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Woman poses for provocative butt photo while surrounded by kids

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woman poses for provocative butt photo while surrounded by kids

A woman is getting called out online for taking a provocative photo of her backside in a barely-there thong bikini while surrounded by children in a public swimming pool. 

A video of the wannabe model, who is thought to be from the US, striking a seductive pose in the pool was shared on the @influencersinthewild TikTok account this week and has been viewed nearly 400,000 times in just a few days. 

The footage shows the unnamed woman holding onto the side of the pool as she pushes her backside out of the water so her friend can take a picture of her ample assets. 

Too far? A woman is getting called out online for posing for a provocative photo of her backside in a thong bikini while surrounded by children in a public swimming pool

Too far? A woman is getting called out online for posing for a provocative photo of her backside in a thong bikini while surrounded by children in a public swimming pool 

Hard to miss: A video that was posted on TikTok shows the unnamed woman holding onto the side of the pool as she pushes her backside out of the water so her friend can take a picture

Hard to miss: A video that was posted on TikTok shows the unnamed woman holding onto the side of the pool as she pushes her backside out of the water so her friend can take a picture

The pool is packed with little kids, many of whom are wearing swimming floaties as they play in the water. 

‘This is totally appropriate right?’ asked the person who posted the jaw-dropping footage on the page. 

While some insisted the woman should be free to take any photos she wanted, many felt she had crossed the line with her sexy snapshot.   

‘In front of children?’ one person asked, while another wrote: ‘THIS IS NOT FOR KIDS.’

‘How would anyone feel comfortable/ok doing this??? And the other adults did nothing to stop it,’ someone else pointed out. 

No shame: The pool was packed with young children who were swimming around her as she posed for the racy photo

No shame: The pool was packed with young children who were swimming around her as she posed for the racy photo 

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Not right: Many critics slammed the woman for her behavior in the public pool, insisting it was completely inappropriate

Not right: Many critics slammed the woman for her behavior in the public pool, insisting it was completely inappropriate

‘She’s about a kilometer of fabric away from not being able to live within three miles of a school for the rest of her life,’ one TikTok user joked.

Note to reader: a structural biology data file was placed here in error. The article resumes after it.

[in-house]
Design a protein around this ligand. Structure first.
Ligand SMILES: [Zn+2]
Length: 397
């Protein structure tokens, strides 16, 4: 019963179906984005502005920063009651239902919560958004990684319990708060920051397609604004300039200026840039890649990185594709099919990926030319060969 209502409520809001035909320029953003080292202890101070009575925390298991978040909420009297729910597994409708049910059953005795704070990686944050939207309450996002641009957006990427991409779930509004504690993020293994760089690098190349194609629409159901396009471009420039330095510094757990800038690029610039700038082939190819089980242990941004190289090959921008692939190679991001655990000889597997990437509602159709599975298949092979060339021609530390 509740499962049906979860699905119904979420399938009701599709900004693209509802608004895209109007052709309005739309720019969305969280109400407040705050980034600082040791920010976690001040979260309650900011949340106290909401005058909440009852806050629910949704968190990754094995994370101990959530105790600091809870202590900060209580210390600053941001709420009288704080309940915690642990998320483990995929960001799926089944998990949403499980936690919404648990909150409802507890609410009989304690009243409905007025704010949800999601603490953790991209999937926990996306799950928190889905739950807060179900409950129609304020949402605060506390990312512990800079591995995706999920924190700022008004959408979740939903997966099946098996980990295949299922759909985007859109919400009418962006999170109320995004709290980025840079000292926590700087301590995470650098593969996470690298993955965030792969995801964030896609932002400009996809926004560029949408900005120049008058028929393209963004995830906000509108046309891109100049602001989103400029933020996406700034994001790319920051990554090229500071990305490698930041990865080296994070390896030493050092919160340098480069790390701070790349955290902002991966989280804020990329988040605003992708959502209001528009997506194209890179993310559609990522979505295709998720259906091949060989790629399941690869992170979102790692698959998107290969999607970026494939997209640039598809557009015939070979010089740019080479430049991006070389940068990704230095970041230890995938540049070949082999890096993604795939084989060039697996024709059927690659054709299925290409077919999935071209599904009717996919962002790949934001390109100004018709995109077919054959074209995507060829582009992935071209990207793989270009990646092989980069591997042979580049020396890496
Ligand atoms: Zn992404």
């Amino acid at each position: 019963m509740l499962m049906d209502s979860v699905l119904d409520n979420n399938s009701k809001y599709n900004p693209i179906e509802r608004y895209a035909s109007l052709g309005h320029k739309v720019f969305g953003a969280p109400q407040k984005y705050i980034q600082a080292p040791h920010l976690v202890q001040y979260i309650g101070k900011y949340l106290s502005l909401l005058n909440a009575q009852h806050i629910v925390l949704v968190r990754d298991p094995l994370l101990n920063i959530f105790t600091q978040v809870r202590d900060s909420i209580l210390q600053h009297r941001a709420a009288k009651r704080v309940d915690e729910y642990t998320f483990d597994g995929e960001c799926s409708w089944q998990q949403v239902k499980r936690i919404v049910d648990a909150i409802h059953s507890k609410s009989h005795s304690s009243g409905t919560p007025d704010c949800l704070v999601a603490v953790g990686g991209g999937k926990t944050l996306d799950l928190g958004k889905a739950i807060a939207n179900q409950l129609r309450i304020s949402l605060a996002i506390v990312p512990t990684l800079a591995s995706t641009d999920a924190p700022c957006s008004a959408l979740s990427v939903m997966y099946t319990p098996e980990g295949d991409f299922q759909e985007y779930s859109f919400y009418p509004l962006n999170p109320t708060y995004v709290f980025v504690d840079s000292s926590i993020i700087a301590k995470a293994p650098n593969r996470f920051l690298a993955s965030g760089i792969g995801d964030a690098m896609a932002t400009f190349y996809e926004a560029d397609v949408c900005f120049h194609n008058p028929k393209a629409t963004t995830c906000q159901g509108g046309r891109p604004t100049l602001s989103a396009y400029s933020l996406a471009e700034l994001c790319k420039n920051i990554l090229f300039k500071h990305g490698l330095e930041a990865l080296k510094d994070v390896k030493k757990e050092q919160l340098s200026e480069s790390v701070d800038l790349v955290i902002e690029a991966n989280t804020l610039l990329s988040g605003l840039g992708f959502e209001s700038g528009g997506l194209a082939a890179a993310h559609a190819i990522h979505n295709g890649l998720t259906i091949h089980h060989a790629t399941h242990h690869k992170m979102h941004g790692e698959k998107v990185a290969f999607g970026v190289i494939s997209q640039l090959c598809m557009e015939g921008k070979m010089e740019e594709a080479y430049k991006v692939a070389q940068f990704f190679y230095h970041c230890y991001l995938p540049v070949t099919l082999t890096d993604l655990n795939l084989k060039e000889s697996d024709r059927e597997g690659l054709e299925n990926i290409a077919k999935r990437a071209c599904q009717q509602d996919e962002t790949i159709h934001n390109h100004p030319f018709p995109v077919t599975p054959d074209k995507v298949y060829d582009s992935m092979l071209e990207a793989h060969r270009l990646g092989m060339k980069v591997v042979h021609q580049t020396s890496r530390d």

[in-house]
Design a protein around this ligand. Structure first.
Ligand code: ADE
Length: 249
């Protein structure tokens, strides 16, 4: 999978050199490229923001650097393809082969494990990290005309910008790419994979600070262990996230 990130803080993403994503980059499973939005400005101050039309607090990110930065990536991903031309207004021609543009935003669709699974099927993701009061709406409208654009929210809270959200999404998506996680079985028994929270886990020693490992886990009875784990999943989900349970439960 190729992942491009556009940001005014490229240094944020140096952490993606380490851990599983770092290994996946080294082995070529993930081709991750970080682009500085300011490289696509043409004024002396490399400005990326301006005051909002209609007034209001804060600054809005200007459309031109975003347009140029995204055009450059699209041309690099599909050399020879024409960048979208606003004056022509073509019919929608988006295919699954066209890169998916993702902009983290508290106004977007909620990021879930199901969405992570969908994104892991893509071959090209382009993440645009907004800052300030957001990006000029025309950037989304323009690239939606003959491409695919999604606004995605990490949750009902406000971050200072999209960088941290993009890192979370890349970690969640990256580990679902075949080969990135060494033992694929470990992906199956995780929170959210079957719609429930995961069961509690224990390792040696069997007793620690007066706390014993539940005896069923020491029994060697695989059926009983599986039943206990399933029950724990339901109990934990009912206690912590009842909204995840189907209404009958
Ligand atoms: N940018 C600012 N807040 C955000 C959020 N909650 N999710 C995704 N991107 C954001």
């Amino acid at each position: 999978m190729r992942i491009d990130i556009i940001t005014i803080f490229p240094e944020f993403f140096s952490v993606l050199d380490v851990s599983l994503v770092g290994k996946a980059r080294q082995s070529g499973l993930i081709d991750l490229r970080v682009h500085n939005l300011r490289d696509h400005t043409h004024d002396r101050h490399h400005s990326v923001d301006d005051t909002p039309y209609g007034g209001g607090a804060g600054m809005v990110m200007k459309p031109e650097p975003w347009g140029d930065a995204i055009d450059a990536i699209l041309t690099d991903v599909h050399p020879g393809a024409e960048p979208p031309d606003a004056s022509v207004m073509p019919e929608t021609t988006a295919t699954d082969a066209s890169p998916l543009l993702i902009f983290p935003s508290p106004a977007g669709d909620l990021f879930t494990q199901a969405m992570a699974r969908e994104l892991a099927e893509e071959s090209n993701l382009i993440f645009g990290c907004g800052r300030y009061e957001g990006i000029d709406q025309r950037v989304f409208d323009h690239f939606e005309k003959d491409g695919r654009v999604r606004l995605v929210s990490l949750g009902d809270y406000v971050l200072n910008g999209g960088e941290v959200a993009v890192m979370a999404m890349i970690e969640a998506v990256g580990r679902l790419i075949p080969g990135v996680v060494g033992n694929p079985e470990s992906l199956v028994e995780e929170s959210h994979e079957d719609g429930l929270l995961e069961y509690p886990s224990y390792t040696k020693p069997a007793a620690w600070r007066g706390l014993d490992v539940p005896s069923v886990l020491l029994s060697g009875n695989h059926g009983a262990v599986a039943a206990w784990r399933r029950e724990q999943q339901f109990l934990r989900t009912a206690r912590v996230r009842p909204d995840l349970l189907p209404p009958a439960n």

One woman was particularly worried about how the stranger’s behavior would influence the young girls who were swimming next to her. 

‘Just makes me sad to see the little girls watching this happening maybe thinking this is what she’ll need to do one day to be liked and loved,’ she wrote. 

Another admitted to taking similar sexy photos, but even she judged the other woman for her behavior. 

‘Okay I take pics just like she does,’ she commented, ‘but I would NEVER do it around kids especially like that… I don’t want to be a Karen but like…’ 

‘She can do whatever she wants but still like read the room sis,’ another agreed. ‘There’s a time and a place for everything.’

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Liz Jones’s Diary: In which P gets even more needy 

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liz joness diary in which p gets even more needy
I don’t need winding up. I am already a coiled spring

I don’t need winding up. I am already a coiled spring

Hmm. Yeah. Am not sure… P didn’t react to my mistakenly sending him a text meant for Nic, saying, ‘Oh well, at least I got three columns out of him.’ Perhaps because he knows he is column fodder. But he has become rather more frisky, viz:

‘I neeeeeed to see you! I need you in my life and in my bed!’

And: ‘I hope when we have dinner in London I can stay with you.’ (I’d told him I have to be in a hotel in town for work and said we could meet up.)

And, in response to my saying that we need to meet up before the statute of limitations on my extreme Hollywood bikini wax runs out, he replied, ‘I am not worried about the odd hair in my mouth.’ And that, ‘You’d be shocked if you knew how indifferent I usually am with women, but with you I feel like I’m grieving that I can’t see you, but there’s no solution…’

Crikey! He’s worse than David! We have had precisely two meals together. I only had one course each time. I didn’t even have any bread! And then he got more needy, mainly as I was ignoring him because Benji, my rescue pony, went down with colic, which meant he was on a round-the-clock watch. ‘I am trying to find my feet, learning, and trying to understand you. I am quietly optimistic this might actually be doable! But in a rare moment of insecurity, I do worry if I am enough…’

I replied, ‘What brought this on? I hope you haven’t been reading my column, listening to the podcast, googling me, reading my tweets.’ (My tweets are, admittedly, very full-on. I am currently trying to get the Navy and Army to help me rescue a walrus forced to do sit-ups in a circus.)